Ed Janus, author of "Creating Dairyland," enables us to understand the things you see in the Wisconsin countryside--and what you can't see. Janus explores the history and the minds of the men and women who are the people of Dairyland.
Stuart Stotts, author, claims that sometimes being a hero means having to fight. Learn about the fighting attitudes of Curly Lambeau and Lucius Fairchild and their essential contributions to Wisconsin history and culture.
Pete Barnes, author of "Harley and the Davidsons: Motorcycle Legends," discusses the biographies of William Harley and Arthur Davidson, founders of Harley-Davidson Motor Co., and Richard Bong, America's Ace of Aces pilot who shot down more enemy planes than any other American pilot--dreamers whose journeys lead to fame and glory.
Patricia Bauer, author, and David Geister, illustrator, present a costumed reading of Civil War era Wisconsin newspapers and from their book, "B is for Battle Cry." Sherry and Don Ladig, musicians from the mid-19th century American music band "The New Pearl Buttons," provide music and accompaniment for Patricia Bauer as she sings songs from the war.
Marty Lichtman, a research assistant in the Department of Physics at UW-Madison, uses examples from Sir Isaac Newton, Edmond Halley, biology and physics to explain the history of computers. Larger and more complex calculations have created a need for the faster quantum computer.
Joe Kapler and David Driscoll, curators at the Wisconsin Historical Museum, provide a sneak peek into the Wisconsin Historical Museum's next major exhibition exploring the diverse array of inventions, concepts, and traditions that originated - in one way or another - in Wisconsin.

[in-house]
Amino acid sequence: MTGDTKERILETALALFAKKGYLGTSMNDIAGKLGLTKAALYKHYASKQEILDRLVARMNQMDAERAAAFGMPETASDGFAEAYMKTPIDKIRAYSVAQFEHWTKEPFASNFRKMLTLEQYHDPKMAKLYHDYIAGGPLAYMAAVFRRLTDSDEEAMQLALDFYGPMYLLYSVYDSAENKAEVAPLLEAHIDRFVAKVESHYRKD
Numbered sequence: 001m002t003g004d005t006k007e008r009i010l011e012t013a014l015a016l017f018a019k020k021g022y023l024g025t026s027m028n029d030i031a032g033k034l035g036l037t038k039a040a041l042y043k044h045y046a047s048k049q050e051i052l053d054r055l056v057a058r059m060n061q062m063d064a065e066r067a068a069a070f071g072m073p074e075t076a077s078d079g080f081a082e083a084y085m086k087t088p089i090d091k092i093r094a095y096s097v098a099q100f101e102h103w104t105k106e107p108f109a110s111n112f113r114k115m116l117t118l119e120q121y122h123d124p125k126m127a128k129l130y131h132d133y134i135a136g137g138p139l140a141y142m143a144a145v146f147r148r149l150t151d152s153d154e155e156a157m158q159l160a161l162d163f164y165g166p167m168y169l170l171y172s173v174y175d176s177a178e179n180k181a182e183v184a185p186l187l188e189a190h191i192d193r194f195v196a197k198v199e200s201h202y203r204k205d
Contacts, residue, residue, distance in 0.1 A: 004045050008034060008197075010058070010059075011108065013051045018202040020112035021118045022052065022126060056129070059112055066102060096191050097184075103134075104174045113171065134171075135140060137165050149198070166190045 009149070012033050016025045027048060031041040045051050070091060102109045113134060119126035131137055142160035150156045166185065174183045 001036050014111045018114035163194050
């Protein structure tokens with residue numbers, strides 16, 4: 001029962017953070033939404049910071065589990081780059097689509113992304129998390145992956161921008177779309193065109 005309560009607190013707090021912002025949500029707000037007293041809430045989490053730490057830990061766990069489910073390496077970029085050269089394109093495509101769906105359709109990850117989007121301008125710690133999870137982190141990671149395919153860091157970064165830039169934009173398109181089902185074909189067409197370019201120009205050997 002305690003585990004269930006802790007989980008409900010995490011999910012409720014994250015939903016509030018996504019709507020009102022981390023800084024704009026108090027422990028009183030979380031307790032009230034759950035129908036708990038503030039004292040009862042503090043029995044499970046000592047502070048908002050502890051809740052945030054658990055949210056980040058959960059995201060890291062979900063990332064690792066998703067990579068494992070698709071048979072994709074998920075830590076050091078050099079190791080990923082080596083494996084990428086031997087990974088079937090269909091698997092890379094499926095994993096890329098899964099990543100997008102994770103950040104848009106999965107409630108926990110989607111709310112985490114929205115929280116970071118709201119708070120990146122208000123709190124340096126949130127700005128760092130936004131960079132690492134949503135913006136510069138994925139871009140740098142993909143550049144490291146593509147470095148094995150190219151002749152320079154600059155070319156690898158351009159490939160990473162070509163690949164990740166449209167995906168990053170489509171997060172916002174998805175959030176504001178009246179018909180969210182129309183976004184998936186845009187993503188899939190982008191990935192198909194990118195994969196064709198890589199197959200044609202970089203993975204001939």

Stuart Levitan, Historian and author of "Madison: The Illustrated Sesquicentennial History, Volume 1, 1856-1931," delves into the history of the Civil War and what it meant for Madison. Levitan focuses on the physical landscape of Madison, with photographs from the 1860s, as he explores the politics of the day.
Peter Sobol, an historian of science, traces the history of astrology to ancient Greek civilization. The Greeks learned about celestial prognostications from the Babylonians and from the Chaldeans. Ancient Greeks began using the arrangement of the heavens when a person was born to discern his fate.
Norm Meinholtz, an archaeologist with the Wisconsin Historical Society, shares recent discoveries at the Pamperin Park North site near Green Bay. The pre-contact settlement excavated in 2010 contains the remains of a pit house, cooking and refuge pits, and numerous artifacts suggesting the site was a winter homestead.
Leslie Bellais, Curator of the Wisconsin Historical Society, exhibits artifacts from the Civil War that have a Wisconsin connection. Discover the fascinating stories behind such souvenirs as Governor Lewis Harvey's knife, Vivandiere Eliza Wilson's dress jacket and a contraband collar taken off the neck of a runaway slave.